With energy-consuming equipment, such as water heaters and refrigerators, we have good data on energy consumption and can set clear standards accordingly. In some product categories—clothes washers, for example—Energy Star standards were adopted because those standards provide a high enough threshold to represent just the very top segment of the product market (less than 10%). In other product categories—e.g., refrigerators and dishwashers—we set a higher threshold than ENERGY STAR: for example, exceeding those standards by 10% or 20%. With lighting and lighting control equipment, certain generic products qualify, such as compact fluorescent lamps and occupancy/daylighting controls, while in other categories only a subset of products qualify. In some cases, products that meet the energy efficiency requirements are excluded, because of evidence of poor performance or durability. Microturbines are included here because of the potential for cogeneration (combined heat and power) that they offer.
Tecogen's InVerde-100 line of natural gas powered combined heat and power (CHP) systems generate electricity with a permanent magnet generator linked to an inverter. That makes it easier to connect with the grid, integrate renewable DC power sources, and operate at variable speeds. The systems can also be used as a backup power source. The Inverde Ultra 100 integrates additional emissions controls and produces levels of NOx and CO2 low enough to meet CARB regulations. Tecogen also offers CM-60 and CM-75, which rely on an induction generator to produce AC power. All of Tecogen's CHP units meet UL standards; are delivered as ready-to-install modules; and can be run as individual units or in multiples.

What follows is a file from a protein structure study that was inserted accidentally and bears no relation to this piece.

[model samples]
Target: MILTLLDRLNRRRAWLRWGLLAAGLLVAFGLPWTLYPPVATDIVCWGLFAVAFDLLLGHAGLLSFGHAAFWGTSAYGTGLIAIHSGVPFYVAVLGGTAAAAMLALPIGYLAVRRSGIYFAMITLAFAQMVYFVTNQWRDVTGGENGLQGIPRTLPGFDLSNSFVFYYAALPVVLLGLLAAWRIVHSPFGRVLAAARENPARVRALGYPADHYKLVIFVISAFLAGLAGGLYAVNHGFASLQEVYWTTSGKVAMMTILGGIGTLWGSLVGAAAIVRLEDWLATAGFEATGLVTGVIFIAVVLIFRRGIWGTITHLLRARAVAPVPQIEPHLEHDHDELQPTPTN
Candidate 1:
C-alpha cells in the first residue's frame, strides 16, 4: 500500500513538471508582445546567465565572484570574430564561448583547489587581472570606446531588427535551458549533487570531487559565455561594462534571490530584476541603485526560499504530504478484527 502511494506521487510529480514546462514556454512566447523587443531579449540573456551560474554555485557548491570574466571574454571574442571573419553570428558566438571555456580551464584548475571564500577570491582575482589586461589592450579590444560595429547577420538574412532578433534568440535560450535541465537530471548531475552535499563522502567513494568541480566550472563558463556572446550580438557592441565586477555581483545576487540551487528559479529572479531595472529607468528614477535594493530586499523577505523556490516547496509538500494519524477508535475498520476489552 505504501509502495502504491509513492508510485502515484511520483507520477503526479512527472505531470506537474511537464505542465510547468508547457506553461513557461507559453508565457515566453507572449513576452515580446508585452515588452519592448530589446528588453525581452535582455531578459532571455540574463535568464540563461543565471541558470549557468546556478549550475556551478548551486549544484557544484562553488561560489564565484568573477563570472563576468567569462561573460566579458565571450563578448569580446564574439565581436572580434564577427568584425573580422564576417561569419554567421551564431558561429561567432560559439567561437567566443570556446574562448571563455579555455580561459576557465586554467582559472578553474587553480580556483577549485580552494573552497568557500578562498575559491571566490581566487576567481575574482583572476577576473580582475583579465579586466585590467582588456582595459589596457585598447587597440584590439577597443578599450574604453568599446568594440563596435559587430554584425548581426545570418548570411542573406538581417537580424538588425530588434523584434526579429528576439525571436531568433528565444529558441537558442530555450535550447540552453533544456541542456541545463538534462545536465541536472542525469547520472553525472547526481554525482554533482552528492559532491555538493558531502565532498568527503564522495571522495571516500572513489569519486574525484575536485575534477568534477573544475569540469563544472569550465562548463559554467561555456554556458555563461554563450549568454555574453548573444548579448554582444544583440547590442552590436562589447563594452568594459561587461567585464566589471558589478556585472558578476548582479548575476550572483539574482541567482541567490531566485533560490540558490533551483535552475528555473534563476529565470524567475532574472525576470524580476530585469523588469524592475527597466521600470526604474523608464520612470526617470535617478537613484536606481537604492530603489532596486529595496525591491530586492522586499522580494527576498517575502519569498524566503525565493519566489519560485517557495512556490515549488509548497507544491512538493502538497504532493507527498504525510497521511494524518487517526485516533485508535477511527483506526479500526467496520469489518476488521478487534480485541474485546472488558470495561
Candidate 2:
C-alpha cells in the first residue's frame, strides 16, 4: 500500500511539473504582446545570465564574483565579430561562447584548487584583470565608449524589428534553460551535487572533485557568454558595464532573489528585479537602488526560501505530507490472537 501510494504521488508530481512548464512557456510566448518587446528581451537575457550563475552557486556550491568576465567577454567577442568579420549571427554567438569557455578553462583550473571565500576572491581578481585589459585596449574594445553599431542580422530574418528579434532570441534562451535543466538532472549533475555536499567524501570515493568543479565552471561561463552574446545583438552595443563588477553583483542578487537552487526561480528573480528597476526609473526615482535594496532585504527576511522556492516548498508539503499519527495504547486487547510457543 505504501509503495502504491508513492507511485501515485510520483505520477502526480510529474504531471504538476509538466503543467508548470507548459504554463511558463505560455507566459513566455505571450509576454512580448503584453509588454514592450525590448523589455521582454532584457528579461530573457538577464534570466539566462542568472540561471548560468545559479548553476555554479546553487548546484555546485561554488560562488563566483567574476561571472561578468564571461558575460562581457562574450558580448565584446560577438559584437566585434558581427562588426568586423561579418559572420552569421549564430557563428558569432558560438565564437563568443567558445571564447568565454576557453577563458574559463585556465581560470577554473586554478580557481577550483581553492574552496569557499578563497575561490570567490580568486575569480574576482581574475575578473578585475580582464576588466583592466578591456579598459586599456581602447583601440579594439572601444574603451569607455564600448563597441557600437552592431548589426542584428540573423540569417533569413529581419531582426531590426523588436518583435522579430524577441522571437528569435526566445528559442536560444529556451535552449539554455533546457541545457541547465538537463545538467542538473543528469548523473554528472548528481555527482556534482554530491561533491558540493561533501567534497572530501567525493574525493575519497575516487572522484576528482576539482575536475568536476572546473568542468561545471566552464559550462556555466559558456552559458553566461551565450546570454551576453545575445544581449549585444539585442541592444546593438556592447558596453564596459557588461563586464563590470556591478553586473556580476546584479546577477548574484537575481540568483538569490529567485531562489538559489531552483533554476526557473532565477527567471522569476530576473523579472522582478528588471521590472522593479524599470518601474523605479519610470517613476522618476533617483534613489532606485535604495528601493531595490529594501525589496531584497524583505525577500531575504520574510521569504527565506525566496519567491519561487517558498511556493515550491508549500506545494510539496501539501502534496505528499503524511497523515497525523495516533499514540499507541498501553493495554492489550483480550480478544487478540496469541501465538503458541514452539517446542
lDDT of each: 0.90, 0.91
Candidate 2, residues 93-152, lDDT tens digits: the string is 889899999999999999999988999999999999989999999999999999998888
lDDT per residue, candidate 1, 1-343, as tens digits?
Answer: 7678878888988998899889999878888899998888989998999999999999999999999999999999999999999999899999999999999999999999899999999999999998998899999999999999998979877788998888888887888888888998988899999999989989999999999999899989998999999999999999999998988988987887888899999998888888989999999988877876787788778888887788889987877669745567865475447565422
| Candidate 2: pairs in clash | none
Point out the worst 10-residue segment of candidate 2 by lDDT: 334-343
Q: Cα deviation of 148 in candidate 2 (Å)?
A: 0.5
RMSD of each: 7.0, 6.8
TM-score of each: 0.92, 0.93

Combined heat and power (CHP) or cogeneration units, microturbines and reciprocating engine generators without heat recovery, and fuel cells all support distributed electricity generation.
Microturbines and reciprocating engine generators use natural gas, propane, or other fuels to generate electricity onsite. The same principle is used for microturbines as for large gas turbines at power plants, but the units are much smaller and thus are suited for distributed power production—producing power where it is needed).
When combined with cogeneration equipment—heat exchangers that make use of thermal energy that is usually wasted—the overall efficiency of these units can be increased to over 60%. These units have a number of applications, including off-grid generation, utility peak-shaving, emergency back-up power, and combined heat and power (CHP) at restaurants, commercial laundries, hospitals, manufacturing plants, office buildings with dehumidification or absorption cooling systems, and even homes.
Fuel cells offer exciting opportunities for clean, efficient, distributed generation of electricity. Very simply, fuel cells generate power by reversing the common high school chemistry experiment in which electric current is used to split water into hydrogen and oxygen.
Fuel cells have been used for decades in space. In buildings, fuel cells can be especially useful for back-up power needs. For lack of a readily available supply of hydrogen, most fuel cells in common use today run on natural gas or some other fossil fuel, which is converted to separate the hydrogen from the other elements, so they are not actually a renewable energy source, but they do support alternatively fueled power production.
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